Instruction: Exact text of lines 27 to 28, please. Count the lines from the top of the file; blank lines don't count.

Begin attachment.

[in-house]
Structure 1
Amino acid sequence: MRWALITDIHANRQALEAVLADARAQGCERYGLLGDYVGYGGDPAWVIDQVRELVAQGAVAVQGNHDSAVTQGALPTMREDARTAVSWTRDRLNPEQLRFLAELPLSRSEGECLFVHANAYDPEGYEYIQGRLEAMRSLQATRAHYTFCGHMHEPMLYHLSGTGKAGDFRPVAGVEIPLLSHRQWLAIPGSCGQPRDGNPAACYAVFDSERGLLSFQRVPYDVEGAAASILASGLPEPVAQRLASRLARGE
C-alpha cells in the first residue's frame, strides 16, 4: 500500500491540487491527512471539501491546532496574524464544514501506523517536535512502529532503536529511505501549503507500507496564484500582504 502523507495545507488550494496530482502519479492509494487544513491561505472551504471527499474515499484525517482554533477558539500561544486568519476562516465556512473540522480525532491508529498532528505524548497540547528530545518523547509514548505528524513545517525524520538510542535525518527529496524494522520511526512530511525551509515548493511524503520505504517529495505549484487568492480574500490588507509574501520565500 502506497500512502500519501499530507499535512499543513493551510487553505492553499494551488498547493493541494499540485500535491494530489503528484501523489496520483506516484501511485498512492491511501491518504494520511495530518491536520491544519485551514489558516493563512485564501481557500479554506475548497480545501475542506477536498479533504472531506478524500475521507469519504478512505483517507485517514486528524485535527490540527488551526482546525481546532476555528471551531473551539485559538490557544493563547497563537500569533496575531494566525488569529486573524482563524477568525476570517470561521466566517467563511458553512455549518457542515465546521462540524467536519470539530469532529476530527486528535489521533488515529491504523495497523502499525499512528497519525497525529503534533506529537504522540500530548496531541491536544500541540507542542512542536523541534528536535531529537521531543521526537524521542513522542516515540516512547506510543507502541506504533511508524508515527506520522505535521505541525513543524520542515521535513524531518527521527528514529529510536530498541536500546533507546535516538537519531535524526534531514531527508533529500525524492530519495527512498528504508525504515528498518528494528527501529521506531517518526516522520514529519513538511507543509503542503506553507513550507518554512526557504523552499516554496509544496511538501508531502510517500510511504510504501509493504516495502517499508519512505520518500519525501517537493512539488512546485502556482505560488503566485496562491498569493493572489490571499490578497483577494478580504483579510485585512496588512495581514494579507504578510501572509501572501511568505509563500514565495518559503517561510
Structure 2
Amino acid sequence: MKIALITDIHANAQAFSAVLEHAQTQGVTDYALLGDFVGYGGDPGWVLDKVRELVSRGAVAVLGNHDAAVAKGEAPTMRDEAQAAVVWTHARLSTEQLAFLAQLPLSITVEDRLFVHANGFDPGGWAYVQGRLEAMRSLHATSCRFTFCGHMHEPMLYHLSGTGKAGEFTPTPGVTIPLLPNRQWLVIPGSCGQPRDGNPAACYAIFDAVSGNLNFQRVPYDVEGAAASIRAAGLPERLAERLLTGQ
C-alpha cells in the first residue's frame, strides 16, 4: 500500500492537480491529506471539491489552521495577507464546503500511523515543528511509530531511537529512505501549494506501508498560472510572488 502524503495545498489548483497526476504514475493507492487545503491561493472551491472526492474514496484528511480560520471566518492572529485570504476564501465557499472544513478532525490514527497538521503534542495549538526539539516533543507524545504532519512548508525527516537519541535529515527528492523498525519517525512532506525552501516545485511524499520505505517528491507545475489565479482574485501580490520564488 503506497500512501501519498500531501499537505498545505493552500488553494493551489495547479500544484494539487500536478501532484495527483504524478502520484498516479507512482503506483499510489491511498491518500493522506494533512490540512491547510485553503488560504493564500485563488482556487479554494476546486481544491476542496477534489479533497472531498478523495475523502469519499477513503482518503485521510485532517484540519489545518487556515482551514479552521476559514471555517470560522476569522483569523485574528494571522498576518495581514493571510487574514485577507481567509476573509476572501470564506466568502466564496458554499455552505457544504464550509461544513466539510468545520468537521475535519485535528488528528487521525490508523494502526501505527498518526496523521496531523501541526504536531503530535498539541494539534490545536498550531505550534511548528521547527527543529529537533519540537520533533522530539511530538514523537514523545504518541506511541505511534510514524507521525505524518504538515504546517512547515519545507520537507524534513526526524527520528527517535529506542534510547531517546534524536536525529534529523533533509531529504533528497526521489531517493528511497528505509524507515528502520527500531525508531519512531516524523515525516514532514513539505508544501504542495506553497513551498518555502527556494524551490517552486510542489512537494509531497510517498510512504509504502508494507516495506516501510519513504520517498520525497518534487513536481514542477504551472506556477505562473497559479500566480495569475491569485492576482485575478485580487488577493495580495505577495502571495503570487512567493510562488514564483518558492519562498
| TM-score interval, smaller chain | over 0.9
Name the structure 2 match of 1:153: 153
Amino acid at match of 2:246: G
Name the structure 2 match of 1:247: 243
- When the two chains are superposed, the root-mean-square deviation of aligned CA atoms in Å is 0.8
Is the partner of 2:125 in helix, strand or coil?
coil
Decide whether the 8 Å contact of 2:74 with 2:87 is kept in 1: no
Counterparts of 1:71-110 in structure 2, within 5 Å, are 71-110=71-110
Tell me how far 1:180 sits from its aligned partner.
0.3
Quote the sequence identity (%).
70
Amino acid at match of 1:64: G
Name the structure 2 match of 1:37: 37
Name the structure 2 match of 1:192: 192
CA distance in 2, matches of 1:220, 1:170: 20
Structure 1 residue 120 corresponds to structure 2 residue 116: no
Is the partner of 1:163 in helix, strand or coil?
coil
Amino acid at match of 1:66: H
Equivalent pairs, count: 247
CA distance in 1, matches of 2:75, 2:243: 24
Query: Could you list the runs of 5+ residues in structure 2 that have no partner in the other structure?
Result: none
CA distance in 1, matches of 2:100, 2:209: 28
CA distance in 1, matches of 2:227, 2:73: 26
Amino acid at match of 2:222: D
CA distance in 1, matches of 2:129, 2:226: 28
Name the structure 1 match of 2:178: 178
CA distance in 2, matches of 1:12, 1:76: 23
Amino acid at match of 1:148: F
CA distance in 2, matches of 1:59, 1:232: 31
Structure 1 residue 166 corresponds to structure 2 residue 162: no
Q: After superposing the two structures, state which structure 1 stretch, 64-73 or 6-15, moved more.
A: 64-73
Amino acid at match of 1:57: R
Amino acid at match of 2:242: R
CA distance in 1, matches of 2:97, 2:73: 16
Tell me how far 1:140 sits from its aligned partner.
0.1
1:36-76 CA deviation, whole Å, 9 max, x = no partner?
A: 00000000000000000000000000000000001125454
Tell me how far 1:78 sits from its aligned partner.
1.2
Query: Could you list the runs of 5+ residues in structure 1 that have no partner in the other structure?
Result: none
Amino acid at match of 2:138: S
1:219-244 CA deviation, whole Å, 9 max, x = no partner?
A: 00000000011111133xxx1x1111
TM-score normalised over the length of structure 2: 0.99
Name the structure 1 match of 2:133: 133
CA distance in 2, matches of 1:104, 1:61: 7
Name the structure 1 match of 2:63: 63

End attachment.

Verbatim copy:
coil
Amino acid at match of 1:66: H